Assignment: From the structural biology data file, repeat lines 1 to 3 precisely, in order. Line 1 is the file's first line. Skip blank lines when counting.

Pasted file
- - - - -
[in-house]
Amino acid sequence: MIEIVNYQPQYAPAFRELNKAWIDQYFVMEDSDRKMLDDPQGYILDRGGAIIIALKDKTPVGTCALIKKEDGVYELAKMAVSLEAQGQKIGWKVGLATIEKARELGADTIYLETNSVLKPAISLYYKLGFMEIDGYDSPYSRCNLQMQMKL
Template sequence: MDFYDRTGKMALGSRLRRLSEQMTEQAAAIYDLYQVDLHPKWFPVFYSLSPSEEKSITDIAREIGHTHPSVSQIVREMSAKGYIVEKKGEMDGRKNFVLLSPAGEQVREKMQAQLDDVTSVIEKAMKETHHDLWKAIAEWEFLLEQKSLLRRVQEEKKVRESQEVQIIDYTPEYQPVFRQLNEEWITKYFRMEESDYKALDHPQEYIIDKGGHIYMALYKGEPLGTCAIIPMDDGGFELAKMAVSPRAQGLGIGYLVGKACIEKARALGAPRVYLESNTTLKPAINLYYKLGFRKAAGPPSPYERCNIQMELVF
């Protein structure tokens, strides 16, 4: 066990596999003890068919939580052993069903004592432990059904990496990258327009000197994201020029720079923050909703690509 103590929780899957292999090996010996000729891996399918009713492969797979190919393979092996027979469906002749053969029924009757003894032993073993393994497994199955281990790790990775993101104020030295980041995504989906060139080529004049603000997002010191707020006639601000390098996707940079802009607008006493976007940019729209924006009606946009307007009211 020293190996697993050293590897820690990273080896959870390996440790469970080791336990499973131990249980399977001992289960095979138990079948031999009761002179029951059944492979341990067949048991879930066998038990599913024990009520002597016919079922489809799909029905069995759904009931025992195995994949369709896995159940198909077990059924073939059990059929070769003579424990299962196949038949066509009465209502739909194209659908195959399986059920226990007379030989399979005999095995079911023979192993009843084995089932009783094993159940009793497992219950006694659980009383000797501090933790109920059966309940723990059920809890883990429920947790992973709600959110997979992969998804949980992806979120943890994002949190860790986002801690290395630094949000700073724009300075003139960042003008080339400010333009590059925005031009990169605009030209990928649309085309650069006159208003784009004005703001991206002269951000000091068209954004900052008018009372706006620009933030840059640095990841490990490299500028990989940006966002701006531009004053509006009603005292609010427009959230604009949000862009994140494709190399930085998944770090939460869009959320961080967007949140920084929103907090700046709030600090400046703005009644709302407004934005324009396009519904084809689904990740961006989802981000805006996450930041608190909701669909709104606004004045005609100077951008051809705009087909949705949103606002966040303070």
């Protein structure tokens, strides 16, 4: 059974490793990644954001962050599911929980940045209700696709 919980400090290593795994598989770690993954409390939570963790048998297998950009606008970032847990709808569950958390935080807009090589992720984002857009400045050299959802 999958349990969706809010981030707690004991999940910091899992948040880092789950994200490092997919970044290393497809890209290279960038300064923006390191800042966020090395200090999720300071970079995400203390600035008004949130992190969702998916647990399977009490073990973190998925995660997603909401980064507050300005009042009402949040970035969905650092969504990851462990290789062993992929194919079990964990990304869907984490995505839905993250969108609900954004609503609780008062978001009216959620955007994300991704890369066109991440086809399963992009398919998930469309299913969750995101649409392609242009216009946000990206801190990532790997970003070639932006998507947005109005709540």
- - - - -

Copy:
[in-house]
Amino acid sequence: MIEIVNYQPQYAPAFRELNKAWIDQYFVMEDSDRKMLDDPQGYILDRGGAIIIALKDKTPVGTCALIKKEDGVYELAKMAVSLEAQGQKIGWKVGLATIEKARELGADTIYLETNSVLKPAISLYYKLGFMEIDGYDSPYSRCNLQMQMKL
Template sequence: MDFYDRTGKMALGSRLRRLSEQMTEQAAAIYDLYQVDLHPKWFPVFYSLSPSEEKSITDIAREIGHTHPSVSQIVREMSAKGYIVEKKGEMDGRKNFVLLSPAGEQVREKMQAQLDDVTSVIEKAMKETHHDLWKAIAEWEFLLEQKSLLRRVQEEKKVRESQEVQIIDYTPEYQPVFRQLNEEWITKYFRMEESDYKALDHPQEYIIDKGGHIYMALYKGEPLGTCAIIPMDDGGFELAKMAVSPRAQGLGIGYLVGKACIEKARALGAPRVYLESNTTLKPAINLYYKLGFRKAAGPPSPYERCNIQMELVF